Teachers Rick Ayers and Amy Crawford always wanted to find a guide to the vast world of great books for teenagers-one that didn't talk down or moralize. When they couldn't find one, they set out to create it.
An early prototype offered at Cody's Bookstore in Berkeley, California, was an instant success. Great Books for High School Kids is the culmination of their efforts.
Collecting recommendations and essays from colleagues and advisers around the country, this is a rollicking, thoughtful, against-the-grain guide that challenges stodgy notions of what great books are and what kids are ready for.
The book starts with seven essays by high school teachers about exciting, exemplary experiences they have had reading books with students in the classroom-from Dorothy Allison's Bastard Out of Carolina to Toni Morrison's Song of Solomon to Aeschylus's Oresteia trilogy.
Augmented by an index of more than seventy subjects, the book also has an annotated list of hundreds of Recommended Great Books. The recommendations are playful and irreverent, ambitious and entertaining, and they go way beyond traditional reading lists. From classics to the unexpected, from literary novels to nonfiction, some drama, and even a little poetry, these are all books that teenagers have read with pleasure and can read on their own.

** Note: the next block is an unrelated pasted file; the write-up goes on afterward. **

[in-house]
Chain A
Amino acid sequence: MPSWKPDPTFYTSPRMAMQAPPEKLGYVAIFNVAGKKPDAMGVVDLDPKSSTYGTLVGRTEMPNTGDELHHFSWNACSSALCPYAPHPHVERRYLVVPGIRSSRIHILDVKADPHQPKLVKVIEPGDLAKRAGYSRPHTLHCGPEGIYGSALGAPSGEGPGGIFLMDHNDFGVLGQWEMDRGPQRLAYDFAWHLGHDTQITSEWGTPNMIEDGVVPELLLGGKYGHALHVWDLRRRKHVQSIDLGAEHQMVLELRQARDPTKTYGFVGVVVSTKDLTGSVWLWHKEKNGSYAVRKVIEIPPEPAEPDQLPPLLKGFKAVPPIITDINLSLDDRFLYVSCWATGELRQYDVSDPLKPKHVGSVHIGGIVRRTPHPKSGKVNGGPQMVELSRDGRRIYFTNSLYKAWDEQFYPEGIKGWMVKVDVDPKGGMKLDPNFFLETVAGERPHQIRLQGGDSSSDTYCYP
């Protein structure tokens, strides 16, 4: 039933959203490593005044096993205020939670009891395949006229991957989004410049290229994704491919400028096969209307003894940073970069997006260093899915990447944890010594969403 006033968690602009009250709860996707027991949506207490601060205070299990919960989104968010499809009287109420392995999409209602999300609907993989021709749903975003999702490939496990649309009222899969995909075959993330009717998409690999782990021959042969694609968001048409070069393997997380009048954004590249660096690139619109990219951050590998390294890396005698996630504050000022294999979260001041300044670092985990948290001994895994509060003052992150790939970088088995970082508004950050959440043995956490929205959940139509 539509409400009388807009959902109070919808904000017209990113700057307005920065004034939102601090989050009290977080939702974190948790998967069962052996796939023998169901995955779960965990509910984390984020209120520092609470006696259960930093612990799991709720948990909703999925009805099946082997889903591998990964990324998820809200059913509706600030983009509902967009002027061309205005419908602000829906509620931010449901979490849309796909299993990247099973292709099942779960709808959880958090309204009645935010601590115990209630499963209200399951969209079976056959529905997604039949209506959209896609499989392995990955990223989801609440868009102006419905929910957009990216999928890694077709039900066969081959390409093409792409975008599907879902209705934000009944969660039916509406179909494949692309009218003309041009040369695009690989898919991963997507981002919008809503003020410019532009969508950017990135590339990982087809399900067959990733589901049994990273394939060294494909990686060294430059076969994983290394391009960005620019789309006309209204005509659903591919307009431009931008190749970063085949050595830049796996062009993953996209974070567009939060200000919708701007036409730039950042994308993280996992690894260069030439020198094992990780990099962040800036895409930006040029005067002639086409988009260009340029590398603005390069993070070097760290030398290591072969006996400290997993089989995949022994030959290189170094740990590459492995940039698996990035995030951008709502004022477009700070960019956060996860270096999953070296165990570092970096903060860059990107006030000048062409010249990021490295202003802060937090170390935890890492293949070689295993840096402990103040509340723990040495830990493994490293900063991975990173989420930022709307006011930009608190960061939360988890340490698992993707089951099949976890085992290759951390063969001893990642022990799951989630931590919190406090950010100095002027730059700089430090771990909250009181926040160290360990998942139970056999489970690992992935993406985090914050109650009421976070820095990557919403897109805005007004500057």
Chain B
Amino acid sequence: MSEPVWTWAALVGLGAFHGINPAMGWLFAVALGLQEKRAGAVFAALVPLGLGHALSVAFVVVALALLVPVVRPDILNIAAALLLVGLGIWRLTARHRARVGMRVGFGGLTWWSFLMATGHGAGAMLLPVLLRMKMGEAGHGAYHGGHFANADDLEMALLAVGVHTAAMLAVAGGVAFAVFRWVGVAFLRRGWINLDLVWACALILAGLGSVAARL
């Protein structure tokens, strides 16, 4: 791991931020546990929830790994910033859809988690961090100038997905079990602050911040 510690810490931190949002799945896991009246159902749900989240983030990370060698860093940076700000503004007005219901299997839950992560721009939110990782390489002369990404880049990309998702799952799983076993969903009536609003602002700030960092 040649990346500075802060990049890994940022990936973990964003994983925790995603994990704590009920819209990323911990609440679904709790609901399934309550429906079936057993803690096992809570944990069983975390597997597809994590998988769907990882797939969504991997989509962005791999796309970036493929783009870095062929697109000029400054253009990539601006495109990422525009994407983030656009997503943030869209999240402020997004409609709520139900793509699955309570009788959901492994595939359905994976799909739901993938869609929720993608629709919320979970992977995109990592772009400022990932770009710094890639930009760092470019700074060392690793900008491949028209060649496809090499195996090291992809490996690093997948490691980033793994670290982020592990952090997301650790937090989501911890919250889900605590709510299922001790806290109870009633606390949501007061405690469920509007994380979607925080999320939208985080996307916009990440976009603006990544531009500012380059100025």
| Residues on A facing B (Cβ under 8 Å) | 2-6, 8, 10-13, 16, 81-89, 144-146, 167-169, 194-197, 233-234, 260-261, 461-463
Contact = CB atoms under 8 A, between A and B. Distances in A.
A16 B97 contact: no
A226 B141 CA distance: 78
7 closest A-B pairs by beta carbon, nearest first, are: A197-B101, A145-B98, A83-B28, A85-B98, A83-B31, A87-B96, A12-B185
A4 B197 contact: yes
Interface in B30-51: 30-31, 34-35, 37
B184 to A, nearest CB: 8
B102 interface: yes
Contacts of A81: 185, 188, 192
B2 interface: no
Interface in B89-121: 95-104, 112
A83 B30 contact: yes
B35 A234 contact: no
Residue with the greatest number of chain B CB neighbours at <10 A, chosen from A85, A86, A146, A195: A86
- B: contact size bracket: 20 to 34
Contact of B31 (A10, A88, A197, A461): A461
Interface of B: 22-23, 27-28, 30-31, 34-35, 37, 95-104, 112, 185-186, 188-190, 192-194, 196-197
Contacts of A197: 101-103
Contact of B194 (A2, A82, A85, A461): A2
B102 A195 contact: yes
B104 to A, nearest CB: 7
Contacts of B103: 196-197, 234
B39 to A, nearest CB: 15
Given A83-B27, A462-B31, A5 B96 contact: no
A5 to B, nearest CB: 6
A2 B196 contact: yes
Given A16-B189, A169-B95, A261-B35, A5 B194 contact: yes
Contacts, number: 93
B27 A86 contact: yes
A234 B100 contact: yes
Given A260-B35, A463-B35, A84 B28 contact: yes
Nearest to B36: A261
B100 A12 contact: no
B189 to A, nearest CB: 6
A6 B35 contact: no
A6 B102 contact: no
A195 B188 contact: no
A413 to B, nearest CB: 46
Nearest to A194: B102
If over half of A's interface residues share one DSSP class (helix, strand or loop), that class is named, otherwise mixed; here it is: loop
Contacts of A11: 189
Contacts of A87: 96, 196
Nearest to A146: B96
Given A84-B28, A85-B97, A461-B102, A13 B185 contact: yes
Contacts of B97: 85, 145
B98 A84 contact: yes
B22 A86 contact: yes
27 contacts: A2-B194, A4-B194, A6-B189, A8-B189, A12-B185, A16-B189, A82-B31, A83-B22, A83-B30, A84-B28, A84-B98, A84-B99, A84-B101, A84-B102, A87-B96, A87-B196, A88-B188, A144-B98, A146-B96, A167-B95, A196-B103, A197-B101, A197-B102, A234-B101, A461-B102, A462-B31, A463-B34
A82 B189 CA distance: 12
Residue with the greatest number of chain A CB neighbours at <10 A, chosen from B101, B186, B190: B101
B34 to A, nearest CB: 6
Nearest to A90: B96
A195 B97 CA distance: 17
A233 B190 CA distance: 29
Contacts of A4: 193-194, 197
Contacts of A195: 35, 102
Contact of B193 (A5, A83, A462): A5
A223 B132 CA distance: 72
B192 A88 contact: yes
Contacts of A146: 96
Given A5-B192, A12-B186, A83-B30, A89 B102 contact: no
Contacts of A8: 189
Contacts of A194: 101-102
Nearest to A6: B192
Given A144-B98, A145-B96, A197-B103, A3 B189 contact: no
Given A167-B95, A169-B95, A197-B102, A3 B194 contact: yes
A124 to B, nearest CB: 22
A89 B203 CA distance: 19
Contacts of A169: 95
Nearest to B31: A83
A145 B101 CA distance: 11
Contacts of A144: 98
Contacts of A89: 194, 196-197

Great Books for High School Kids is an invitation and a sourcebook for inspiring passionate, lifelong readers-a book that could seriously change the lives of teachers, of families, and of kids.
About the Author
Communication Arts & Sciences is a project at Berkeley High whose fundamental enterprise is to bring together teachers, students, and parents to create a learning community that nourishes and develops the whole student, with an emphasis on social justice, media literacy, communications skills, and communication technologies. CAS is built around thematic core curriculum focused on social justice and an experiential pedagogy. CAS is committed to creating a heterogeneous grouping of ethnicities and skill levels, and its goal is to make school more successful, especially for those who have not traditionally done well at Berkeley High.